Adelaide, her long dark hair tied up into a bun, bangs pinned back beneath a knotted headband, and scowling as the sage spat and hissed in the abalone shell, was still refusing the summer heat in a pair of ripped jeans.  Her almond eyes were narrowed as she glared at the sage, and her olive hands were flattened against the floor just outside of the circle of white crystals that surrounded the sage and palo santo.

It was late August, and the dying summer clung to their skin.  Adelaide hated the heat, much preferred to bundle up in layers upon layers in the winter, even didn’t really enjoy autumn or spring.  Margot was game for anything, as she was with most things in life.  Henley, dark-haired and darker skinned from their latest trip to the beach, was still in the dusty shorts she’d worn all day, a pair of ratty sneakers on her feet, and a swishing grey tank that had a distressed image of the Earth on it.  She loved the summer more than anything, and had been utterly beside herself with excitement when they signed the lease to this apartment last month.  They’d been living in a small two-bedroom, her and Adelaide, and when they decided to move to a bigger place, somewhere closer to downtown Salem, the universe had just served Margot up on a golden platter.  Here you go, the stars seemed to say, a third sister to dance under the moon with.

The sage spat a last time, and went out.  Adelaide threw up her hands and sank back onto her heels.  “I told you it wasn’t going to light,” she muttered.

“It is still a bit wet from the puddle,” Margot agreed even as she reached forward to pick it up.

Henley tossed Margot the lighter as she came over to them, content not to rise to Adelaide’s bad mood.  Adelaide was the one that had demanded they cleanse the apartment before they unboxed, which meant they’d had to go through Henley’s poorly done sorting system to find everything necessary.  It also meant that they were dredging up the spell from memory, and none of them were completely certain they remembered the words quite right.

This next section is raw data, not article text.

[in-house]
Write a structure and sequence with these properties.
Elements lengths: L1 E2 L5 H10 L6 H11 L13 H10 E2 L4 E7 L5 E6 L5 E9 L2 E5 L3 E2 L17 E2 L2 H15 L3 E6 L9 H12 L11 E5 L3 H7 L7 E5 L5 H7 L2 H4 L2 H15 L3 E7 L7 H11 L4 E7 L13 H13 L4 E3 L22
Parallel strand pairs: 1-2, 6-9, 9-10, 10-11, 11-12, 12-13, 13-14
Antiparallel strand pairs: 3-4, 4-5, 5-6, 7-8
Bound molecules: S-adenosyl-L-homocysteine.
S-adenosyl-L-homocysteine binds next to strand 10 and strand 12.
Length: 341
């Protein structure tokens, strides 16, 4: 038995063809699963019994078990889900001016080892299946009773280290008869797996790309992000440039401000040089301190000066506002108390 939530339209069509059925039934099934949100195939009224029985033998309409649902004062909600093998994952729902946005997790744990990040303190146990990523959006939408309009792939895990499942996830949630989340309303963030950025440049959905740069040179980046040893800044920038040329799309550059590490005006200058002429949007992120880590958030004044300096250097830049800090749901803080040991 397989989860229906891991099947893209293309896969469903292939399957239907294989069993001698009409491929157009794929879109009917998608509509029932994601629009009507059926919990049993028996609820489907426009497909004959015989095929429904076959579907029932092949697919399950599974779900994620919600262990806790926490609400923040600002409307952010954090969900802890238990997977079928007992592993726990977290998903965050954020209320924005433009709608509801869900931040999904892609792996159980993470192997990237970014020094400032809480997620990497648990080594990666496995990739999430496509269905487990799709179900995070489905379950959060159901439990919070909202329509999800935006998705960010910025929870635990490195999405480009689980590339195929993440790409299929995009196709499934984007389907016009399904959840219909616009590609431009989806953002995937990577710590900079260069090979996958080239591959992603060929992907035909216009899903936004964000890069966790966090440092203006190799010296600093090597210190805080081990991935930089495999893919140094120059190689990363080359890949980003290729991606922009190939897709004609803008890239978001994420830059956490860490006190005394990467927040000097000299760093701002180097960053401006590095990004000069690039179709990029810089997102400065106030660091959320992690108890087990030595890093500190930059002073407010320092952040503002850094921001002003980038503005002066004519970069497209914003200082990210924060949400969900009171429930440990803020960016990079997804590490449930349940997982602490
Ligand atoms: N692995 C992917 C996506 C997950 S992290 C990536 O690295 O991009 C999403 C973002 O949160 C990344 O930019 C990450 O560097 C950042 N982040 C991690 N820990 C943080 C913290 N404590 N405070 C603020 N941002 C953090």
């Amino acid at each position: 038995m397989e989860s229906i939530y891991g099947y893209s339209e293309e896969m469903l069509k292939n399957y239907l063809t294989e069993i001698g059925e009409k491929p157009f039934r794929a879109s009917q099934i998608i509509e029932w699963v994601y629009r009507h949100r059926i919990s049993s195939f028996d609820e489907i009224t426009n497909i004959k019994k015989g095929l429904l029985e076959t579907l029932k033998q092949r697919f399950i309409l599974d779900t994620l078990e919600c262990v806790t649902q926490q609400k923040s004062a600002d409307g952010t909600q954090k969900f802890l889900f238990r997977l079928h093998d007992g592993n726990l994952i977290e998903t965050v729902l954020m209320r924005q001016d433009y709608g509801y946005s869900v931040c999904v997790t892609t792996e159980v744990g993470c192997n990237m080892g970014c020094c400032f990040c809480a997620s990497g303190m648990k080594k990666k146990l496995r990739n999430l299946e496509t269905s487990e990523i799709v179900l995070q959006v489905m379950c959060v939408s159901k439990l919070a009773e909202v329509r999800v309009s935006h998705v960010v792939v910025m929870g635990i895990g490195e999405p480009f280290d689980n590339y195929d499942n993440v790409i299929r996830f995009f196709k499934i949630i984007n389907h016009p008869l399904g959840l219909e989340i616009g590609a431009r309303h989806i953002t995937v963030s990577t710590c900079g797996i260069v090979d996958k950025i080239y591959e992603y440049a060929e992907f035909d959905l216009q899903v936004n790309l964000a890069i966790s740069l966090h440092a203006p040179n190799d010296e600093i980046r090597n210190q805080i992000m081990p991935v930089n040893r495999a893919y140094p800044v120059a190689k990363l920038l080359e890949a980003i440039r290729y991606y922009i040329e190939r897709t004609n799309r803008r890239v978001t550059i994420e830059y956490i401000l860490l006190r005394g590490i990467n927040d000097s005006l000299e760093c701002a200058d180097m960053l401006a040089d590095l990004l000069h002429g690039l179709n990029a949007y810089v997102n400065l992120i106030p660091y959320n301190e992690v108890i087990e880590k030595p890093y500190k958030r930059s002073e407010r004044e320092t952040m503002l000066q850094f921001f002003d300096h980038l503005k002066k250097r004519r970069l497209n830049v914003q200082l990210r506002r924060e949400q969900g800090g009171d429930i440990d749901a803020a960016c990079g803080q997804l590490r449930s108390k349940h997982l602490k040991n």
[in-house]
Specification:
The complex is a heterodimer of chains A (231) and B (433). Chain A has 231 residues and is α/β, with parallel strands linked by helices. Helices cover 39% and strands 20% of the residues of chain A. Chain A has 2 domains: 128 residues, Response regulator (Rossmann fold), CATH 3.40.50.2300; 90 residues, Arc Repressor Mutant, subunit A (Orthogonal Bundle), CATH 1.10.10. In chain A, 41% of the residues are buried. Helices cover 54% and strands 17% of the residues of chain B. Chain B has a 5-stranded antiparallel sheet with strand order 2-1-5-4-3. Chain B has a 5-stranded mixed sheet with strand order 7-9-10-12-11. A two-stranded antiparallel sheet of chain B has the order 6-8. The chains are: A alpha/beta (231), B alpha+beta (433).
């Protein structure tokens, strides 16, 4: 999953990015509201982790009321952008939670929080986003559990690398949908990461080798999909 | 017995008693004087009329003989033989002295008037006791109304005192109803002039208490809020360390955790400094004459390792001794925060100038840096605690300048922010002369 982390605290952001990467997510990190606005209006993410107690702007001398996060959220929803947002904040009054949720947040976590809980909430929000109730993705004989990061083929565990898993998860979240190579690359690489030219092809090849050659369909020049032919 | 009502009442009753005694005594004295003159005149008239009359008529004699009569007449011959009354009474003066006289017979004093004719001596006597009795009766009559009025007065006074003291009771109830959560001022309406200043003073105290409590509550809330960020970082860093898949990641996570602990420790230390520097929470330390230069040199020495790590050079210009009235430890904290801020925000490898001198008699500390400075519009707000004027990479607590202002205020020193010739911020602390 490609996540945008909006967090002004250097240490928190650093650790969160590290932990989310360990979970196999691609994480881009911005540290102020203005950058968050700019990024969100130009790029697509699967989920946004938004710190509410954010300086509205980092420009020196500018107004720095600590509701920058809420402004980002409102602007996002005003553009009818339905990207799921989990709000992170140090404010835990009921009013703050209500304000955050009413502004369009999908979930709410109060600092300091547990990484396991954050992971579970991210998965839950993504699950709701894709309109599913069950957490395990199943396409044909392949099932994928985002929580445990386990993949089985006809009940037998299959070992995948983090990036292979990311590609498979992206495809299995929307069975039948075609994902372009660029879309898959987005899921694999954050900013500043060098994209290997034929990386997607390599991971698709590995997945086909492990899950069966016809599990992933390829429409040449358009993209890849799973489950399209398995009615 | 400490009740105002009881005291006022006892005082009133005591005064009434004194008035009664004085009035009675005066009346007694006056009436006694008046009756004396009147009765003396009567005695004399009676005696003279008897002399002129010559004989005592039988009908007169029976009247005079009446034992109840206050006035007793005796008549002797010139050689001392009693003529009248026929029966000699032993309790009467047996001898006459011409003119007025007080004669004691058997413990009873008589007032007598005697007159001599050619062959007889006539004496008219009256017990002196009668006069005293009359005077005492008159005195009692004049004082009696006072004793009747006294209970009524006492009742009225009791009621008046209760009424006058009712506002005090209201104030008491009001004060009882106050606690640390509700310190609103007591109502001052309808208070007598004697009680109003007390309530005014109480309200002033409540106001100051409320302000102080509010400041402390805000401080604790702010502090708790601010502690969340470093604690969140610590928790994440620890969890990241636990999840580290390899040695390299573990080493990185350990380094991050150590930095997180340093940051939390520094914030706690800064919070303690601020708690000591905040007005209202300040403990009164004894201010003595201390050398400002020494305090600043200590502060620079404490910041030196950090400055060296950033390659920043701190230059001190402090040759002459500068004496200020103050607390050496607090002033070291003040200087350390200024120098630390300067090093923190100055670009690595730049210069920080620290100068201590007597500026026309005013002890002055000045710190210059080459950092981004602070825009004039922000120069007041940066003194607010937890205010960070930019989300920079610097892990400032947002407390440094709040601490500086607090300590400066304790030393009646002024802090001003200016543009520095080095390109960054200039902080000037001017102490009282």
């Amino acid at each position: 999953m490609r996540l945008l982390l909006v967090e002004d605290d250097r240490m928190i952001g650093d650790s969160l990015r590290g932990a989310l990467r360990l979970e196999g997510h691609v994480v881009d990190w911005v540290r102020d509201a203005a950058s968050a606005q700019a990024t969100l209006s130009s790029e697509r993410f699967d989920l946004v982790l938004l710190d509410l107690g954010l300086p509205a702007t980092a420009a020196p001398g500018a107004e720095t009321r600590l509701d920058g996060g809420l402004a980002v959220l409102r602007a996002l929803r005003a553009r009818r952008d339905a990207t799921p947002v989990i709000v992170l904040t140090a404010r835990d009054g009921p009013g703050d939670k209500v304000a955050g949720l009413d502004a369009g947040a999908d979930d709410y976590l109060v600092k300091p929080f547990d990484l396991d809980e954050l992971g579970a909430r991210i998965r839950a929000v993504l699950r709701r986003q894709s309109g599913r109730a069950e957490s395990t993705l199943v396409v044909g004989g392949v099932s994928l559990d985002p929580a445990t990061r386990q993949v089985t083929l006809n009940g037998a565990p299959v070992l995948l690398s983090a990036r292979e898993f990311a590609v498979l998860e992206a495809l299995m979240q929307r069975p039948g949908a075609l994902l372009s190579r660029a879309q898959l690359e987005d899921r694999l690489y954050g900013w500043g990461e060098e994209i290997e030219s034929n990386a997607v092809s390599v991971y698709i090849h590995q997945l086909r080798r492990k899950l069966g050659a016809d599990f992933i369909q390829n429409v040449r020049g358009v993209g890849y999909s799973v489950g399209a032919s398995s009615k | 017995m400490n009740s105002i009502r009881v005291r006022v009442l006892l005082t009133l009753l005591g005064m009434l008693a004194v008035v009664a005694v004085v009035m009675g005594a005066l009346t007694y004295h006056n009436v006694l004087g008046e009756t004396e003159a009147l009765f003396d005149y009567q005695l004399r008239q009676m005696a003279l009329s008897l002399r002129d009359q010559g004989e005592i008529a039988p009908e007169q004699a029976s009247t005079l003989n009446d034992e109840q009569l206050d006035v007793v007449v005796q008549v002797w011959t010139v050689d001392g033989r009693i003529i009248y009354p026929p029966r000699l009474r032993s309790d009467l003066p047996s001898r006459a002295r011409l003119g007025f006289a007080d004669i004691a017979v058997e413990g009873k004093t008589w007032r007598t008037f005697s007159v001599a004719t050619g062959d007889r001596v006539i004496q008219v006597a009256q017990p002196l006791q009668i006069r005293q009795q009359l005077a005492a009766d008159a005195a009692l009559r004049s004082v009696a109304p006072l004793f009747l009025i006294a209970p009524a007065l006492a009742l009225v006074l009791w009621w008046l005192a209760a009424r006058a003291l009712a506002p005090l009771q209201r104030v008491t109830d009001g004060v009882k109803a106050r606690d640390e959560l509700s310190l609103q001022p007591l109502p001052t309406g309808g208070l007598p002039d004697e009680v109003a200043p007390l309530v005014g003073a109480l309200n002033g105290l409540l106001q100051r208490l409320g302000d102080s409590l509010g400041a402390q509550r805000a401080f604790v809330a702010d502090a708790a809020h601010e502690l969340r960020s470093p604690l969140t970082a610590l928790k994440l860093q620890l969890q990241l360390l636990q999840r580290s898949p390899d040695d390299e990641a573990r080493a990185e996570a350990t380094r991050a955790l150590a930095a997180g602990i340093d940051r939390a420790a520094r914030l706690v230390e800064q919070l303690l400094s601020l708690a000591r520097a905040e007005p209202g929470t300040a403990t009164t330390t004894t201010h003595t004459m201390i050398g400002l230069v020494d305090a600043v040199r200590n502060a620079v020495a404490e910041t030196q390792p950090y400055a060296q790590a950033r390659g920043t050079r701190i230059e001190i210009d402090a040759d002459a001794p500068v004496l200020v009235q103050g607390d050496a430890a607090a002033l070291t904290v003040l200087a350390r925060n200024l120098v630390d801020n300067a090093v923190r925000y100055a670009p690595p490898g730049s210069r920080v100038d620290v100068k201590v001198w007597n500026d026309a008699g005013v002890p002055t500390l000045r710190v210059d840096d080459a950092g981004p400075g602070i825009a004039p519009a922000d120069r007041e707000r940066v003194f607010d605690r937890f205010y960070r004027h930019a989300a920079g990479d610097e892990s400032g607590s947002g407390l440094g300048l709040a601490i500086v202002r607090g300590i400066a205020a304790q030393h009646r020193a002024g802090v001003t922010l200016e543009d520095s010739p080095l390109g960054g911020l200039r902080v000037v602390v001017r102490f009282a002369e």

It was a simple cleansing spell, really, sage and palo santo burning in the middle, a mixture of white crystals dotting a circle around the abalone shell, twined lavender at each witch’s left, and the four candles at the cardinal points around them.  They were in a contained circle, and the words should have been simple.  They should have remembered them without trouble, but they were in a new space, in a new city, and they hadn’t yet settled into their new home.

They’d only met Margot a few weeks ago, and were shocked when she asked them if they practiced magic on only their second date.  The first time, Henley and Adelaide met her at the Panera in Danvers and were pleasantly surprised when they found her sitting at one of the tables outside.  Those tables were coveted during the summer, and had they been paying attention, they would have noticed the black thread tied around her wrist, a matching one wrapped around one of the poles beneath the table.  The second time, they met her at the café Henley worked at in Salem, and Henley barely sat down with Adelaide’s smoothie when Margot said, “So, you’re witches, right?  Because I put the ad up hoping that I might find roommates, but the ultimate dream is to find a coven.”

At first, Henley thought she meant witches in the general Salem sense—people who wore a lot of black, had pentagrams hanging on their front doors, and posted aesthetic pictures of their black cats and burning candles on Instagram.  It was Adelaide that saw through it, that asked, “What happened to your last one?”  Because Margot was the real deal, just like them, had actually been born with magic in her blood unlike those who just desperately wished for it.  Margot hadn’t been part of a coven, hadn’t even discovered her magic until she was in her undergrad at NYU.  This would be her first one, she told them, and so Henley and Adelaide didn’t tell her the places they’d come from, just gave her a lease to sign and moved in with her three weeks later.

In those three weeks, they’d argued over which cleansing spell to use, finally settled on one six days ago, and had all been trying to memorize the simple words.

They were simple, too, and they’d been parroting them back to one another over the course of the day as they moved the boxes in, but they were still in an unfamiliar place and just figuring out how to act as three witches together, so later, when the dust settled, they didn’t blame each other.  Of course mistakes would be made.  They should have dug out the book instead of just trusting their memories.